Another member of Congress is misleading constituents about past support for the Violence Against Women Act, a law whose protections Republicans allowed to briefly expire in 2013 for the first time since its passage two decades ago.
An ad released by Rep. Lynn Jenkins (R-Kan.) on Tuesday claims the congresswoman "stood up to her own party to champion the Violence Against Women Act to make women safer and she won."
The 30-second spot, which centers on women's issues, appears to embellish Jenkins' role in the matter. It cites Jenkins' vote for a bipartisan Senate bill that reauthorized the law and expanded protections for victims of domestic violence who were Native American, undocumented immigrants, or lesbian, gay, bisexual or transgender. In that vote, Jenkins joined a relatively large number of Republicans, 87, who also apparently "stood up" to their party. But while she may have "championed" that vote, Jenkins' record on the matter suggests otherwise. In 2012, she voted to prevent consideration of VAWA reauthorization bills in the House.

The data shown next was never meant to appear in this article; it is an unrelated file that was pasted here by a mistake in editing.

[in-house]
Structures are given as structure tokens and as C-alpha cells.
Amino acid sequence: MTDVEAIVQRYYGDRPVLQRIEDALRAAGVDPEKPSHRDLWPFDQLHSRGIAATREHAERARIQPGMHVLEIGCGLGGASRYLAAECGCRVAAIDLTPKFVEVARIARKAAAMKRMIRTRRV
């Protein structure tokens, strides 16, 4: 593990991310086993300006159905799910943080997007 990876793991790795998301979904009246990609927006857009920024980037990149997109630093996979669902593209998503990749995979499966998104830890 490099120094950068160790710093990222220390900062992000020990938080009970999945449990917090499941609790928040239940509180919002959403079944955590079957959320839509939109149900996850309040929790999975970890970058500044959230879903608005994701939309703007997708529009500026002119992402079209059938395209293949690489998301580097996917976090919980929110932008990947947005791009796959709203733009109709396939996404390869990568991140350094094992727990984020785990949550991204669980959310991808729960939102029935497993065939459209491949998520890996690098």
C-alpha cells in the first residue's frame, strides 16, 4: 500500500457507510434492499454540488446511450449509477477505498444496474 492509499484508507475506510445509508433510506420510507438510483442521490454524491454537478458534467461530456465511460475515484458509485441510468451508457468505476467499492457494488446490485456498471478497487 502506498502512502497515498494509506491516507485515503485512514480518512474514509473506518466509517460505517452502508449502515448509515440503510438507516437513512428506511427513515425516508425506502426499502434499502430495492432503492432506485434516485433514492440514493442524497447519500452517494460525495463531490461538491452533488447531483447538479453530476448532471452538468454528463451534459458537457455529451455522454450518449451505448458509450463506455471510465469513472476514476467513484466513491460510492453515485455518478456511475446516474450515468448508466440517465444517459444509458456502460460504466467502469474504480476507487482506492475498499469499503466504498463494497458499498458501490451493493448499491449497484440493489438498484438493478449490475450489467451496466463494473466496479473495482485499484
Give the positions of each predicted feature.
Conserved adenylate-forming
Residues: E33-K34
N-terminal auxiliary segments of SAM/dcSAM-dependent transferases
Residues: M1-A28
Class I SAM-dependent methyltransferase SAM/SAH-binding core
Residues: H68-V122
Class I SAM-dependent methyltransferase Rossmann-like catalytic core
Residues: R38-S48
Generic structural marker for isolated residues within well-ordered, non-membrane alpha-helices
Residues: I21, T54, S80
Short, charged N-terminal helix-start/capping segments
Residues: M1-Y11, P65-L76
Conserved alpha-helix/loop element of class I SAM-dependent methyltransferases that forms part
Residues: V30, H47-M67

Jenkins isn't the only Republican up for re-election who is touting support for the Violence Against Women Act without mentioning previous stances against the law. Senate Minority Leader Mitch McConnell (Ky.) and Rep. Steve Southerland II (Fla.), who both face election challenges from Democratic women, also ran ads in favor of the law but failed to disclose their opposition to expanded protections for victims of domestic abuse.
Jenkins, who is No. 5 in House GOP leadership, has found herself in a precarious position ahead of the November midterm elections. Politico reported last week that GOP leaders are seeking funds to shore up her re-election bid, which has suffered amid voter backlash in Kansas.
Watch Jenkins' ad above.
Correction: A previous version of this article incorrectly described the Senate bill that reauthorized the Violence Against Women Act, which Jenkins voted for. It did expand protections for victims of domestic violence.